The record is not as clear as it might be, but from the above it appears that Kemper carried on three separate and distinct operations. He solicited orders for respondent's products and sent the orders to respondent in Chicago to be filled by direct shipment to the purchaser; he bought and sold respondent's products on his own account; and he sold those products of respondent which he had on consignment in his warehouse.
The solicitation of orders for goods within a state by a foreign corporation through a resident broker or commission merchant who maintains a local office at his own expense, and the shipments of goods by the foreign corporation into the state directly to the purchasers pursuant to such orders, constitute business in interstate commerce, and does not constitute doing business within the state so as to subject the foreign corporation to local statutes prescribing conditions for doing business within the state. Yarbrough v. W. A. Gage & Co., Inc., 334 Mo. 1145, 70 S.W.2d 1055; Yerxa, Andrews & Thurston, Inc., v. Randazzo Macaroni Mfg. Co., 315 Mo. 927, 288 S.W. 20; Hess Warming & Ventilating Co. v. Burlington Grain Elevator Co., 280 Mo. 163, 217 S.W. 493; Security State Bank v. Simmons, 251 Mo. 2, 157 S.W. 585; International Text-Book Co. v. Gillespie, 229 Mo. 397, 129 S.W. 922, General Excavator Co. v. Emory, Mo.App., 40 S.W.2d 490; Republic Steel Corporation v. Atlas Housewrecking & Lumber Corporation, 232 Mo. App. 791, 113 S.W.2d 155; J. B. Colt Co. v. Watson, 215 Mo.App. 467, 247 S.W. 493. See also annotations on this subject at 60 A.L.R. 994 and 101 A.L.R. 126.
It is obvious that under the circumstances of this case the acts of respondent in selling its products at a discount and shipping them to appellants who in turn sold the products at a profit to the ultimate user did not constitute doing business in this state by respondent. This is the usual wholesaleretail arrangement. Therefore, if respondent is illegally doing business in this state it is by reason of the relationship between respondent and appellants in the operation of that part of the business done by appellants in warehousing and selling merchandise owned by respondent and in the possession of appellants on consignment.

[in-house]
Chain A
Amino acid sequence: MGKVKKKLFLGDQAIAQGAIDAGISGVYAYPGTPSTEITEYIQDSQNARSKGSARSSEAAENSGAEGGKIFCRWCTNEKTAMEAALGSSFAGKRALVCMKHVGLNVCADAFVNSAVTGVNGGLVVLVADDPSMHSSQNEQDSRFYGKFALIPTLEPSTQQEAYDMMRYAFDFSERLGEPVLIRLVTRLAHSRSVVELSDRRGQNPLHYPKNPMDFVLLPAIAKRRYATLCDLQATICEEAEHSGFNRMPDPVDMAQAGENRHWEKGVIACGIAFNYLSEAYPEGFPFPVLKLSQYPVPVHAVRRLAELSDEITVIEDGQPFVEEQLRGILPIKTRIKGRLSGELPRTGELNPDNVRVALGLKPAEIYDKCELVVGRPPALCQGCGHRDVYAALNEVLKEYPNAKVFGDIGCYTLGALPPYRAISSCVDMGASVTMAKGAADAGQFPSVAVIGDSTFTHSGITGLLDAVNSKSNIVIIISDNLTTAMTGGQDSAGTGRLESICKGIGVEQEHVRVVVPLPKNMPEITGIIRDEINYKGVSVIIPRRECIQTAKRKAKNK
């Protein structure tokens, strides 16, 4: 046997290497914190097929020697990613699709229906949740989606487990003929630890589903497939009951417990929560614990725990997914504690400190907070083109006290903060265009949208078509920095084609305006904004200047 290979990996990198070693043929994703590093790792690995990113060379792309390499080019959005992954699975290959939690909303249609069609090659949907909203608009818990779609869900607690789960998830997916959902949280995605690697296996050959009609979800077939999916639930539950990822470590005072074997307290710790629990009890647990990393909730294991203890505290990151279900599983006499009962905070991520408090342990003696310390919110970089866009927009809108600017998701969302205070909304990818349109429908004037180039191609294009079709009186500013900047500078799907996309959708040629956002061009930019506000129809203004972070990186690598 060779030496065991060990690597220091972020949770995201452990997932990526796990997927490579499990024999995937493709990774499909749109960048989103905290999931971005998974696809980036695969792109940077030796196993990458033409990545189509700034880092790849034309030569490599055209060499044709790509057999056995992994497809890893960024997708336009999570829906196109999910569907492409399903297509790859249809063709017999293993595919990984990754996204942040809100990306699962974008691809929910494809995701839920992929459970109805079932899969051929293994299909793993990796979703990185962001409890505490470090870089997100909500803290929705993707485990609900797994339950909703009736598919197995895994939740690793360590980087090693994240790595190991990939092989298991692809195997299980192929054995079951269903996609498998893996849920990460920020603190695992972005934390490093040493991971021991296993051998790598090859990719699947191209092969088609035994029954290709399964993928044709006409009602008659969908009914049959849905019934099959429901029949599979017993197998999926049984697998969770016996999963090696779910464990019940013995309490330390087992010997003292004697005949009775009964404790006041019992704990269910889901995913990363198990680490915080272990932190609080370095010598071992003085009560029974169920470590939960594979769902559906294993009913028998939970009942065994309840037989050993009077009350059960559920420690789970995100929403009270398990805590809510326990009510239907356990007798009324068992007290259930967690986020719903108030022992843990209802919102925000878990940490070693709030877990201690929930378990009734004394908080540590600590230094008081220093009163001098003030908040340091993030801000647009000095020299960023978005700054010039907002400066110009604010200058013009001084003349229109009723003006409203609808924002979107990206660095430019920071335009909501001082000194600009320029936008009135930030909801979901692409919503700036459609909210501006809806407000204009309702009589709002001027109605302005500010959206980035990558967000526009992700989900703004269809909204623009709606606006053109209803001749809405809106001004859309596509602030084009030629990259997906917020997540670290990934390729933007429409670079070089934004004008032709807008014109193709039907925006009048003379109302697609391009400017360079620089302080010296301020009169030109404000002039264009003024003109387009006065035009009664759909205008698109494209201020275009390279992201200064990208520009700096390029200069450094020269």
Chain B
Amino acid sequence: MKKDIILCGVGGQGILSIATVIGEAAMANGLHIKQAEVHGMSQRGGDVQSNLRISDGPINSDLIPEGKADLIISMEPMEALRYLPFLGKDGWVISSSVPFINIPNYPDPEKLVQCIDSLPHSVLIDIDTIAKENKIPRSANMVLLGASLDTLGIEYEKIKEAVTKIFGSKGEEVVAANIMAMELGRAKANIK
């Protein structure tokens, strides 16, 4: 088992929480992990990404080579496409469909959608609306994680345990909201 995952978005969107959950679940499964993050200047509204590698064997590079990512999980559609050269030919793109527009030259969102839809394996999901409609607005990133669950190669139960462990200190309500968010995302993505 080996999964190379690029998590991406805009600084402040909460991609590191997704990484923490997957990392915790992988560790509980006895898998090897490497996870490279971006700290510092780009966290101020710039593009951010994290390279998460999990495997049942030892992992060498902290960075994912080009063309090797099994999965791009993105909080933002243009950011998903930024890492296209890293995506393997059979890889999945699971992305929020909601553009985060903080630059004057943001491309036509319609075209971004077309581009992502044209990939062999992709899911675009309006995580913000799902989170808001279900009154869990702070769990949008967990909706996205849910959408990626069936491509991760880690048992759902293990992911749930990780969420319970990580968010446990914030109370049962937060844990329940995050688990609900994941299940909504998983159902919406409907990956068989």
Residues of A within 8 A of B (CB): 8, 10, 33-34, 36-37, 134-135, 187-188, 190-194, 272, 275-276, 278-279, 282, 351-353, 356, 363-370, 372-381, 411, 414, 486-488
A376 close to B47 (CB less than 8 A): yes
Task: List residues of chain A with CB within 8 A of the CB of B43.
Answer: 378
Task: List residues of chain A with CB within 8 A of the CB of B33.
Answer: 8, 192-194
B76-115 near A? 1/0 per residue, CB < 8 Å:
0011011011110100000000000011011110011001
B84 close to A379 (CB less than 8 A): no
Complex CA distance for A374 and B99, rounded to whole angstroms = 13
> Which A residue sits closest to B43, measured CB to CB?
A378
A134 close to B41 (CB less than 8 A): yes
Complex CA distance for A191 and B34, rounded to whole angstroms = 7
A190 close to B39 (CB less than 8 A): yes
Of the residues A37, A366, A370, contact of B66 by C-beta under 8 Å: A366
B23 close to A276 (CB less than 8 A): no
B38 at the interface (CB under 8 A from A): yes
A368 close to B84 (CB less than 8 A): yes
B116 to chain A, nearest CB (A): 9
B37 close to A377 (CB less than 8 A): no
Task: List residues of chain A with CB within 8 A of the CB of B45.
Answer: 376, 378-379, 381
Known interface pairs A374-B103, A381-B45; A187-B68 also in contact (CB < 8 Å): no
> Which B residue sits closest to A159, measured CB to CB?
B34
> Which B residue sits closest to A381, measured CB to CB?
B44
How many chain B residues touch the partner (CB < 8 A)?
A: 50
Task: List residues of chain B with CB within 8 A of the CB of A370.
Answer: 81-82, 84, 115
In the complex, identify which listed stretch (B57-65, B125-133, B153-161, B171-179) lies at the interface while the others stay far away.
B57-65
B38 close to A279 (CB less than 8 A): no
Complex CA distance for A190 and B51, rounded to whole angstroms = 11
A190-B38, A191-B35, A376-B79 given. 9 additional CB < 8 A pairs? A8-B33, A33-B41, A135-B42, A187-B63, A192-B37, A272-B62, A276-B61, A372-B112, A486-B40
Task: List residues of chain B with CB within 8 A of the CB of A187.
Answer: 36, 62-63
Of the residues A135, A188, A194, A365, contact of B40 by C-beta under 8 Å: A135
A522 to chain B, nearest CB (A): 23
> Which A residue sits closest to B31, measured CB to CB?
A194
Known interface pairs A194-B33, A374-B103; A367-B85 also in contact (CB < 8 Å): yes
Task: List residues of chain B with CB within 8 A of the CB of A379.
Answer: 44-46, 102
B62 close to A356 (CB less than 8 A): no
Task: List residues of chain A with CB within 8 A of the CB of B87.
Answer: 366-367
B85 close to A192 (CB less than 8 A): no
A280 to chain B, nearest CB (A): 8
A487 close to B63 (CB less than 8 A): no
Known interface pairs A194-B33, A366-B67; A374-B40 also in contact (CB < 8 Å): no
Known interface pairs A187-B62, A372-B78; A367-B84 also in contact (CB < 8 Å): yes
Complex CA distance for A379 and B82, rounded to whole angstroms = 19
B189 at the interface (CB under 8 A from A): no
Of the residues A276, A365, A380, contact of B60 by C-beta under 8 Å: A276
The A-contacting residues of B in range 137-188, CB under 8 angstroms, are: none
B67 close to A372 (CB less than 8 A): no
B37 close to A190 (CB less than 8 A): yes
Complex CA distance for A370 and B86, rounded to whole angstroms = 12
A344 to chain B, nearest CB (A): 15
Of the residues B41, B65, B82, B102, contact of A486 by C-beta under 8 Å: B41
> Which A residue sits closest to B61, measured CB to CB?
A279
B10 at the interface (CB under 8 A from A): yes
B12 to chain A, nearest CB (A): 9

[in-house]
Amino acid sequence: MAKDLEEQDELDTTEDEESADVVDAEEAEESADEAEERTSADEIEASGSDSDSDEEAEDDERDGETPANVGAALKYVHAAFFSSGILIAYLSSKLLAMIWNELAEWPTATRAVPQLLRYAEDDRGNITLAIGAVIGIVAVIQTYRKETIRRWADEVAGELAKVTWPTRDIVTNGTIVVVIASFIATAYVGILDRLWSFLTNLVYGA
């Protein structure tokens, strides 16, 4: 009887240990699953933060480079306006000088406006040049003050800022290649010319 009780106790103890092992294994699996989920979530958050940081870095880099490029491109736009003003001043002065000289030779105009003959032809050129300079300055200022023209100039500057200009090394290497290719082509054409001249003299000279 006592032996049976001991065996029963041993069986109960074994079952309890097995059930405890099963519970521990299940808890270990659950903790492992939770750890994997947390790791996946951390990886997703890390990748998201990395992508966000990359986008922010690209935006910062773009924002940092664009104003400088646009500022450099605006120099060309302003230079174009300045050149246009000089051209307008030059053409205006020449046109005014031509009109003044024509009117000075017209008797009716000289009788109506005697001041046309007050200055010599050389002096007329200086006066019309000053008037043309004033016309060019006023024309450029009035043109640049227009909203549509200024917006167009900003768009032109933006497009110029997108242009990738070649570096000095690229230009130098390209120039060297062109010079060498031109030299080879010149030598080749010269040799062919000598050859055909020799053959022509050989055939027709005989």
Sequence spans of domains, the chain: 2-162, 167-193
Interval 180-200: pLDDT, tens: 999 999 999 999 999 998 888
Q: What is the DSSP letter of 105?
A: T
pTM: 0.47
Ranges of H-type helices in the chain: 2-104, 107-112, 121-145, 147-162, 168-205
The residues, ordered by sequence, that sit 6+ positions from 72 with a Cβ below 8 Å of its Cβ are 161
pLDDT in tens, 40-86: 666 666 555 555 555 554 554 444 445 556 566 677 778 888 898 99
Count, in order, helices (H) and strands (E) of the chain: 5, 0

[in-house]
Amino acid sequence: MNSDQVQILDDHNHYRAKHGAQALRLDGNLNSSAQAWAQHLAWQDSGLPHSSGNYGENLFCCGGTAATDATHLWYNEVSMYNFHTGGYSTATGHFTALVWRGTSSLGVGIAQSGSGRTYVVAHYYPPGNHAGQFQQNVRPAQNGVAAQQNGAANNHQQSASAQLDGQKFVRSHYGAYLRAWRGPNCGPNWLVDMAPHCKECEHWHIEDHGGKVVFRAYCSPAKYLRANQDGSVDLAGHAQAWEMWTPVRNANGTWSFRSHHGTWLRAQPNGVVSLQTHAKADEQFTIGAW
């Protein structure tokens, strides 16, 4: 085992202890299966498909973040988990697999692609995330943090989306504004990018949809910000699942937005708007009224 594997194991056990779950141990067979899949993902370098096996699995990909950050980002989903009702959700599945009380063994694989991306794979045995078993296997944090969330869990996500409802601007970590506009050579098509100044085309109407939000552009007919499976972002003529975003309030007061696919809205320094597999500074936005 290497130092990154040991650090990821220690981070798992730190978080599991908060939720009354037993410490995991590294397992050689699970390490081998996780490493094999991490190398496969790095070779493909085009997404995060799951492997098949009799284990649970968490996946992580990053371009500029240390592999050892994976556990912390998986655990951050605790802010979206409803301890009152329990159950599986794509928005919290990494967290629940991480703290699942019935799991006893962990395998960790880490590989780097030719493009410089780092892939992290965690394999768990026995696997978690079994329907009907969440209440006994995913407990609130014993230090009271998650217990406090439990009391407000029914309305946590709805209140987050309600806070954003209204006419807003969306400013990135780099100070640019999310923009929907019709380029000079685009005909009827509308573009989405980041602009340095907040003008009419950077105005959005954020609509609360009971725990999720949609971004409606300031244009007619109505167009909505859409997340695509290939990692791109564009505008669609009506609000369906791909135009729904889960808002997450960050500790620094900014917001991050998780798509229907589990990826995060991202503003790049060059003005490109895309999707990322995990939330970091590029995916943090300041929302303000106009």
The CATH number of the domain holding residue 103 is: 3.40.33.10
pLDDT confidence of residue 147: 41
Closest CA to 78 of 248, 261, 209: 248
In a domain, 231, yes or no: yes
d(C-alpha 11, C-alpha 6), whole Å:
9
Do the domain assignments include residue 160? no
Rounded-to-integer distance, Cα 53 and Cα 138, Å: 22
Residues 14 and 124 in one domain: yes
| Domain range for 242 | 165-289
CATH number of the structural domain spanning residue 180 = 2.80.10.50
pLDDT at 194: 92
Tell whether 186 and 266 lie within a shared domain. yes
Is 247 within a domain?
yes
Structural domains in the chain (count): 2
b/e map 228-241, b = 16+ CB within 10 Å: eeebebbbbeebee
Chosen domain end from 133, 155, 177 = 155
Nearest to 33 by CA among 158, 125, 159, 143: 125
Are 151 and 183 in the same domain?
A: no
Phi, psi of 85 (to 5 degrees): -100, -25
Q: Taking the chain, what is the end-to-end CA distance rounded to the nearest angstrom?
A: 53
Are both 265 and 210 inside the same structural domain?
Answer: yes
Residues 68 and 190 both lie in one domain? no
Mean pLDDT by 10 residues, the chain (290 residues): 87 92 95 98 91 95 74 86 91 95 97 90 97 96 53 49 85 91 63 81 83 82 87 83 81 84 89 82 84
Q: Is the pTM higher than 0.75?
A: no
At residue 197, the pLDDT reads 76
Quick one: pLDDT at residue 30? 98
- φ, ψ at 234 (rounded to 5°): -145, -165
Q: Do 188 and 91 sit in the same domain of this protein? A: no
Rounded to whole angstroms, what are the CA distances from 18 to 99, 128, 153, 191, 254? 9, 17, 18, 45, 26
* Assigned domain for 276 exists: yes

Under the terms of the agreement the relationship between respondent and appellants concerning the merchandise on consignment was that of principal and factor. Butler Bros. Shoe Co. v. United States Rubber Co., 8 Cir., 156 F. 1. Such relationship, without more, does not make the factor that type of an agent of the foreign corporation which results in the factor conducting the business of the foreign corporation in the state where the sales take place. International Text-Book Co. v. *487 Gillespie, supra; Yarbrough v. W. A. Gage & Co., Inc., supra; Dinuba Farmers' Union Packing Co., Inc., v. J. M. Anderson Grocer Co., 193 Mo.App. 236, 182 S.W. 1036; General Excavator Co. v. Emory, supra; Republic Steel Corporation v. Atlas Housewrecking & Lumber Corporation, supra; 60 A.L.R. 994, at page 996; 101 A.L.R. 126, at page 129; Harrell v. Peters Cartridge Co., 36 Okl. 684, 129 P. 872, 44 L.R.A., N.S., 1094; L.R.A. 1916F, 334. However, if there is in fact such interference with the business of the factor by the foreign corporation as to show that the business he is carrying on is that of the foreign corporation, then the foreign corporation is doing business in the state where the sales are made. Republic Steel Corporation v. Atlas Housewrecking & Lumber Corporation, supra. Appellants contend that respondent is illegally doing business in this state by reason of the following: through a sales agent respondent carries on certain activities in the St. Louis area, none of which are done pursuant to the agreement upon which this suit is brought; credit risks on sales made out of appellants' warehouse all fall on respondent; Kemper is required by the agreement to furnish "service items" at no profit to himself to customers of respondent in Missouri as well as the rest of his exclusive territory; Kemper has at times assisted respondent in collecting accounts, respondent has furnished Kemper with sales literature; respondent has referred customers to Kemper and instructed prospective customers to contact Kemper and has referred to him as its representative; and respondent's president considered Kemper to be respondent's agent.